Hotel Online
News for the Hospitality Executive



I'm Not a Kid Anymore - So, Stop Training Me Like One!

by Jim Hartigan
August 16, 2011

Last week, we introduced the concept of andragogy, or the theory of adult learning.  Based upon the overwhelming response we received – we hit a nerve!  Therefore, I’m going to take the time to explore each of the principals of adult learning in greater detail – starting with the first three.  I’ll describe each principle and then explain the implications to trainers—in other words, what you might do as a trainer to meet the principle.

1.  First, adults have a need to know why they are being asked to learn something new.  Children are satisfied by your simply asking them to learn something, but adults need a sufficient enough reason for them to learn (read that – sufficient enough reason to THEM, not to YOU). The material adults are asked to learn must be relevant and applicable to their current tasks.  While children trust what they are learning to be useful sometime in the future (even when that learning is high school calculus or history of the French Revolution), adults expect what they are learning to be immediately useful – and in a meaningful way.
APPLICATION: Understanding that adult learners have a “need to know,” the trainer should look for every opportunity to explicitly link the actual training to the benefits of the training – early and often .  Explain to the participant what they will gain from the training, and the value it is to them.

2.  The second principle of adult learning is the role of the learner’s experience.  Adults bring a rich background of experience to their participation in a training program.  They tend to filter every learning activity through their own personal experiences and history – they are grading the training before being graded by the training.  Adults learn most efficiently if they can relate new information to their own experiences and bring them to bear upon the content of the instruction.  While children have little or no experience upon which to draw and are relatively “blank slates,” adults have substantial experience upon which to draw and likely have fixed viewpoints (political views not withstanding).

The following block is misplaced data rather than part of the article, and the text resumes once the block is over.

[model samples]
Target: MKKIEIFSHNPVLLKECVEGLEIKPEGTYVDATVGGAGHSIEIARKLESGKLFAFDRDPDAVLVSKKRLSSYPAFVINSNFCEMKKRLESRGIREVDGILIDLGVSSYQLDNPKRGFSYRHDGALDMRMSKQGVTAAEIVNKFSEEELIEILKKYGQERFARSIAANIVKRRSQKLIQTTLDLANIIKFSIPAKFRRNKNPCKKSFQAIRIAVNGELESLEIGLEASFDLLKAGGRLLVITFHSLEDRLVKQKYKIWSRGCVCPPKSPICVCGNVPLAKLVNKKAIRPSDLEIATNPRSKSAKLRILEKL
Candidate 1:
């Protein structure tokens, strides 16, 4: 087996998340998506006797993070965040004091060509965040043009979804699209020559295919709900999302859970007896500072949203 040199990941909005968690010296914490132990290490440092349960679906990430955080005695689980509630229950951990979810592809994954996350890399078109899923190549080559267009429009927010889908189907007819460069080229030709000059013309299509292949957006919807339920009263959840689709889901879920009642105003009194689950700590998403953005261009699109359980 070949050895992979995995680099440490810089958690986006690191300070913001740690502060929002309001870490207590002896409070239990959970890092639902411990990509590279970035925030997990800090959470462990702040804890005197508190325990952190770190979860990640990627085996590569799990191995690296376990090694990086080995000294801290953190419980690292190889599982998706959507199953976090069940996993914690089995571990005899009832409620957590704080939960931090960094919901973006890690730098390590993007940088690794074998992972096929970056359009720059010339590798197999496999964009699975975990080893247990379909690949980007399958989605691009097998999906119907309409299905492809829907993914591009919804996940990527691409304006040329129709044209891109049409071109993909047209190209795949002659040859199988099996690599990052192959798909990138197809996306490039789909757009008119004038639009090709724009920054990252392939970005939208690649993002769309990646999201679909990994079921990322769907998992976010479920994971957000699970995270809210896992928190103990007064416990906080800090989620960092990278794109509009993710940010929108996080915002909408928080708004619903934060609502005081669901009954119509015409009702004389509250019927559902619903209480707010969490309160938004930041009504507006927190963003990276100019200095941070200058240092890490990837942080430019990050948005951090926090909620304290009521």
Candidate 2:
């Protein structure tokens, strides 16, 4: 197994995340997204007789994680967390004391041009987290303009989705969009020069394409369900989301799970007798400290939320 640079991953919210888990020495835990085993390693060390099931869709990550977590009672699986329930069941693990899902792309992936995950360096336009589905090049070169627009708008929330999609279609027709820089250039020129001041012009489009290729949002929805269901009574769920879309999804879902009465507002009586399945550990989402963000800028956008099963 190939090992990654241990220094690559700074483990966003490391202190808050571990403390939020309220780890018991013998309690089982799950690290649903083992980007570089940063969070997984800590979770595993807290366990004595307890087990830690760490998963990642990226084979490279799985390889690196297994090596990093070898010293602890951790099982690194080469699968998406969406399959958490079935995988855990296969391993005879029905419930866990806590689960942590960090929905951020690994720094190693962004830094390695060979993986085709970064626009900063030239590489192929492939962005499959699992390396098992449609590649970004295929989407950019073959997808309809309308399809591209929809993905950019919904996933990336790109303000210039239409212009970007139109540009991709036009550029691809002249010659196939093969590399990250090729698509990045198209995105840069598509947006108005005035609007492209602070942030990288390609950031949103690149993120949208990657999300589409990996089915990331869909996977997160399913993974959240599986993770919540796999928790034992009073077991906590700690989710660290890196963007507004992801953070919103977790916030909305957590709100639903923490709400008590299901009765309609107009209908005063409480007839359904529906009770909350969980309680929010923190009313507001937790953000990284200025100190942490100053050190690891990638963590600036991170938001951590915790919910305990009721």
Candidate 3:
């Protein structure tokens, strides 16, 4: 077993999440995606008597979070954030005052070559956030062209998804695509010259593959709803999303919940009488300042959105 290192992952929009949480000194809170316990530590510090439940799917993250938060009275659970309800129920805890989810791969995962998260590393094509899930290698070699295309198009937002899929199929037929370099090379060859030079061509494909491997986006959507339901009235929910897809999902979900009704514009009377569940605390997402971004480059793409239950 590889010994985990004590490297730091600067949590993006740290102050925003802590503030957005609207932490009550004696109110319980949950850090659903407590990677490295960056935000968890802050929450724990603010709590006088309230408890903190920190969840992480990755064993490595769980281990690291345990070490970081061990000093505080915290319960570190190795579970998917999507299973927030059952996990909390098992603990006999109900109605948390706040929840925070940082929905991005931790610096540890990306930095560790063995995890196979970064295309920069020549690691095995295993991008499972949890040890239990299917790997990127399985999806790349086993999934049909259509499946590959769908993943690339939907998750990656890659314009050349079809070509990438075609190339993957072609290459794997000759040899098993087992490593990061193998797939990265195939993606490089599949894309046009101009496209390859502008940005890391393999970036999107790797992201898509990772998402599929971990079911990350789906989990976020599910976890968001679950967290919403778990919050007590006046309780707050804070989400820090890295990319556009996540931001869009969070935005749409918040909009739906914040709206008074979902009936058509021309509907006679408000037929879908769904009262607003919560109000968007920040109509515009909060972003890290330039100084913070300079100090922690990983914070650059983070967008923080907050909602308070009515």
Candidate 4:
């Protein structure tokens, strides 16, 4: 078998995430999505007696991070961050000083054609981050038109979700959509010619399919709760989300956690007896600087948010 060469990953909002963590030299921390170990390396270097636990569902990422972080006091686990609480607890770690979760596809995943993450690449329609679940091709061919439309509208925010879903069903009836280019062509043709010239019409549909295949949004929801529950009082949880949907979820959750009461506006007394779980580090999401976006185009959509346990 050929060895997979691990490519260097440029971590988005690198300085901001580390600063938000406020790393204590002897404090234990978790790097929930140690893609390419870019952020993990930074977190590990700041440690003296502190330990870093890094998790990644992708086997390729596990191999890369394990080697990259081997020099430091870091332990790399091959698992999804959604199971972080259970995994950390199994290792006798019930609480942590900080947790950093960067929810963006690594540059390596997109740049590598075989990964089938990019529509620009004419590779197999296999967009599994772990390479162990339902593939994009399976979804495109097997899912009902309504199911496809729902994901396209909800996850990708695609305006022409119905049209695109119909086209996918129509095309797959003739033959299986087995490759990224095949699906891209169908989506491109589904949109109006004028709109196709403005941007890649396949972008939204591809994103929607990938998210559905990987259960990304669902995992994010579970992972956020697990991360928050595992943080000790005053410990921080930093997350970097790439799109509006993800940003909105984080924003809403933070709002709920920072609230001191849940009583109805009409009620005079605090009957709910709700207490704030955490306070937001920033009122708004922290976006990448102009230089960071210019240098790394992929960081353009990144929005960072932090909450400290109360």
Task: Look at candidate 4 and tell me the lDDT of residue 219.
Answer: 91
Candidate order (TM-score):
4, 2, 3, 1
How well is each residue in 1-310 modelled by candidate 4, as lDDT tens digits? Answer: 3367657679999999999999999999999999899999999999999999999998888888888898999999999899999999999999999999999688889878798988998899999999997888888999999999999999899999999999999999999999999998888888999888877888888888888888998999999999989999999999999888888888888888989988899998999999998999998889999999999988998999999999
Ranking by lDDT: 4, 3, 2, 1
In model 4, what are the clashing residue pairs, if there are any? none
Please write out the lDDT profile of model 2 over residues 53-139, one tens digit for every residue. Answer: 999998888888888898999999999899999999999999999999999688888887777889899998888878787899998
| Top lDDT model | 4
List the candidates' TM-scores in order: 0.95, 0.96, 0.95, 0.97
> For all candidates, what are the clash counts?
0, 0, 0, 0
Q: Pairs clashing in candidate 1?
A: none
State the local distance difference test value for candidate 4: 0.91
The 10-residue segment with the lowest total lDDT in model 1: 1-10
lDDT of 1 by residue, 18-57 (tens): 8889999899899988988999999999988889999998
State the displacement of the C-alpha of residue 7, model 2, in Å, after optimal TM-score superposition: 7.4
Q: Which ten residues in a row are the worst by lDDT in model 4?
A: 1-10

APPLICATION: Your students’ background of experience can be a rich source of examples from which to base examples and case studies.  You must connect the dots and show the parallel between the new and the familiar.  Discussions, problem-solving exercises, and case studies can be drawn directly from your participants’ experience to help build relevance.  New learning linked to prior experience makes the learning even more relevant to adult participants.  Reinforcing the learning by encouraging the participants to connect it to personal experiences improves retention too.

3.  The third principle of adult learning has to do with the learner’s self-concept.  Adults want to take charge of their lives—just like teenagers want to take charge of their lives – but the difference is that adults accept responsibility for what they do (and that’s what I tell my kids too)!  Allowing adults to be self-directed in how they learn increases their commitment to learning.  In other words, involve them directly in the learning experience.  While children rely on others to decide what is important to be learned, adults decide for themselves what is important to be learned
APPLICATION: Your challenge as a trainer is to encourage and empower them to learn—to create a shared responsibility for the learning. When adults enter a workshop, they tend to return to a learning style that is comfortable to them, the one they were taught as children—passive learning.  Don’t let them sit and attempt to learn passively.  Provide them feedback about how you see them learning and give them opportunities to explore their own learning styles.  Look for opportunities to help them participate in the learning experience by using their preferred learning styles.